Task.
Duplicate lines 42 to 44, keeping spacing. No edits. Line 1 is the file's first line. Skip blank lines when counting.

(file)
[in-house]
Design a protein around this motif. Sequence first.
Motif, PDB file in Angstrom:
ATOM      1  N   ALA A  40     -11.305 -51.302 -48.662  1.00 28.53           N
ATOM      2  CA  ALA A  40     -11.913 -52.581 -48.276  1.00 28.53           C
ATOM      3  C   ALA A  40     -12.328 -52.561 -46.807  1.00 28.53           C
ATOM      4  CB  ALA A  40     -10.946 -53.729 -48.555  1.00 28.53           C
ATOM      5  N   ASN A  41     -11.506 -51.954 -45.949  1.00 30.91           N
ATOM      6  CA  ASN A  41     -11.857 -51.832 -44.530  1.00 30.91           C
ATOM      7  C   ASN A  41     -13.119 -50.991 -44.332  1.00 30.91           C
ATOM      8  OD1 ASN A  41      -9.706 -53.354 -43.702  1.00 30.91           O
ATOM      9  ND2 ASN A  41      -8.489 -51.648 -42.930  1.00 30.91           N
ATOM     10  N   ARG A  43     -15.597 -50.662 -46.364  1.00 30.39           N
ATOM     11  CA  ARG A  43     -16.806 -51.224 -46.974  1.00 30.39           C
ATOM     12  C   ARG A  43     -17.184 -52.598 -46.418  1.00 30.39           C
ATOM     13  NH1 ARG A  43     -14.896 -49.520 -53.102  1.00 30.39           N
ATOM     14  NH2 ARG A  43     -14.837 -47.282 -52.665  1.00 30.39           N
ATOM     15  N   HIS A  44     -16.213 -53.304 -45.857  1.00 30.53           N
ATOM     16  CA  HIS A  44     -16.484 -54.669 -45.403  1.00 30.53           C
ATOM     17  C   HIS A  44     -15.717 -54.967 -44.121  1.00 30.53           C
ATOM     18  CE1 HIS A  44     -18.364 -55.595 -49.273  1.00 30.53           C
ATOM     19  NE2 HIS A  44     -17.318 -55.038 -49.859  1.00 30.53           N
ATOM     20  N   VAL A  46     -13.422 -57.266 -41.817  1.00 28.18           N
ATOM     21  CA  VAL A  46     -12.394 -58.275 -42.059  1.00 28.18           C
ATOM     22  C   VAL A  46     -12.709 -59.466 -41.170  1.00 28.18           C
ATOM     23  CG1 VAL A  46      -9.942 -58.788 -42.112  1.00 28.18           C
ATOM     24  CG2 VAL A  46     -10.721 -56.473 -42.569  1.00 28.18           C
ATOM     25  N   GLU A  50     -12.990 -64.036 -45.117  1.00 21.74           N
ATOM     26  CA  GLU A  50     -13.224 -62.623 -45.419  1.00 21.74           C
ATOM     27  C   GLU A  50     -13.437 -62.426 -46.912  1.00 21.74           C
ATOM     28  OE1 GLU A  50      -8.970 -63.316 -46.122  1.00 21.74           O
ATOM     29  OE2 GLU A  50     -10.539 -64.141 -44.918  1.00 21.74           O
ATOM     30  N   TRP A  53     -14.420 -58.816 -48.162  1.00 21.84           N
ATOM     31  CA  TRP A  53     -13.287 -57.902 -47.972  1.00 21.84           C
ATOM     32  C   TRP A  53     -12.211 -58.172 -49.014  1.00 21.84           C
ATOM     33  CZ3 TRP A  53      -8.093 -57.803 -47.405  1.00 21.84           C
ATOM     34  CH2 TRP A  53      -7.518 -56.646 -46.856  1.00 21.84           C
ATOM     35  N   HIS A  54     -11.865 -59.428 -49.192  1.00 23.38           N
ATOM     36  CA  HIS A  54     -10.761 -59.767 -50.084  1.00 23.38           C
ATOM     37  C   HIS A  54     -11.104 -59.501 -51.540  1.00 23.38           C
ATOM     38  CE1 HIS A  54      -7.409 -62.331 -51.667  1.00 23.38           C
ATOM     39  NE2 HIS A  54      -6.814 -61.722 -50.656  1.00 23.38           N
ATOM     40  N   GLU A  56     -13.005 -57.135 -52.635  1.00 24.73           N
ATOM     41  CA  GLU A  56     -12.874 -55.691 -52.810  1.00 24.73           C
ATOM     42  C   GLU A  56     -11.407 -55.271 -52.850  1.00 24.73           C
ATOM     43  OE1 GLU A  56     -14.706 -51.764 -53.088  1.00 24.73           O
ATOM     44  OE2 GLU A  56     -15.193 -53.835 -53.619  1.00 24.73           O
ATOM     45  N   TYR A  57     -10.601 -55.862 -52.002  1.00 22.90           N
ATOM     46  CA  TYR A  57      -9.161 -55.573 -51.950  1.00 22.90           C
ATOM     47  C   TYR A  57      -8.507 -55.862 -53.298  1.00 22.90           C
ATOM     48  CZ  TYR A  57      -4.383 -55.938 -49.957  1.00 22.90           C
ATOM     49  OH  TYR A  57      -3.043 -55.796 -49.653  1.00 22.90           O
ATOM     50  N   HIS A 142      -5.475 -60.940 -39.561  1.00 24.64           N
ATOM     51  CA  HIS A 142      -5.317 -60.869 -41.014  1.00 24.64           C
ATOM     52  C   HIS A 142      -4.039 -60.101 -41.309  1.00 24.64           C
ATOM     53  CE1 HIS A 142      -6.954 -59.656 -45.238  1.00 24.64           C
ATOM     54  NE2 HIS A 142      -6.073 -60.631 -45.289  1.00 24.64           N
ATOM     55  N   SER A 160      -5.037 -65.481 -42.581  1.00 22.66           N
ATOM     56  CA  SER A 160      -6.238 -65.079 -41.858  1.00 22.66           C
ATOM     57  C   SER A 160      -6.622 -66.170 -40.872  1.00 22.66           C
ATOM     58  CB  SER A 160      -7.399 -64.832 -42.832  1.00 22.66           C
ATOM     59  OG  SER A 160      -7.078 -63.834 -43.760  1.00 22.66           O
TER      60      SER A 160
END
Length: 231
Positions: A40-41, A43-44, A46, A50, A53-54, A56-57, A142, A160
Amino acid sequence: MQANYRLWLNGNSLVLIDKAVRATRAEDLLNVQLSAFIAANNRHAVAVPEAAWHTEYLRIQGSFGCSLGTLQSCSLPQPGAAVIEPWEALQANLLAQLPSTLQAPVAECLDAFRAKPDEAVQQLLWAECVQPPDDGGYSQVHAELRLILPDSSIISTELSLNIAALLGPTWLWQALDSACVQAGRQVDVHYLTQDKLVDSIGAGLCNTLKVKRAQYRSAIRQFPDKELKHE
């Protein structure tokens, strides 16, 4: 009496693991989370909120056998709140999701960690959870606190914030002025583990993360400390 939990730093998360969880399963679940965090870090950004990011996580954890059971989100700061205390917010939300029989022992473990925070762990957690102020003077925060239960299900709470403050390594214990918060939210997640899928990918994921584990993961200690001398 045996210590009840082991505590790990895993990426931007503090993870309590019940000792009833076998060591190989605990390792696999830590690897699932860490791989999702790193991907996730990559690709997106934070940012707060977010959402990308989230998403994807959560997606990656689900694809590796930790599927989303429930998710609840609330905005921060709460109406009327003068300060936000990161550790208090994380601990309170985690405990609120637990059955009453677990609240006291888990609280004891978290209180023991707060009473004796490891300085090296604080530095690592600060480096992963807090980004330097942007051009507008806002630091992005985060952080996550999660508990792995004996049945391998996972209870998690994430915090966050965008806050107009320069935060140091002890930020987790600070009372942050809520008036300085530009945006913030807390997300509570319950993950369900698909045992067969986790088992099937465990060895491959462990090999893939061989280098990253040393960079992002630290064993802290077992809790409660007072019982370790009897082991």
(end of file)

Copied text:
ATOM     39  NE2 HIS A  54      -6.814 -61.722 -50.656  1.00 23.38           N
ATOM     40  N   GLU A  56     -13.005 -57.135 -52.635  1.00 24.73           N
ATOM     41  CA  GLU A  56     -12.874 -55.691 -52.810  1.00 24.73           C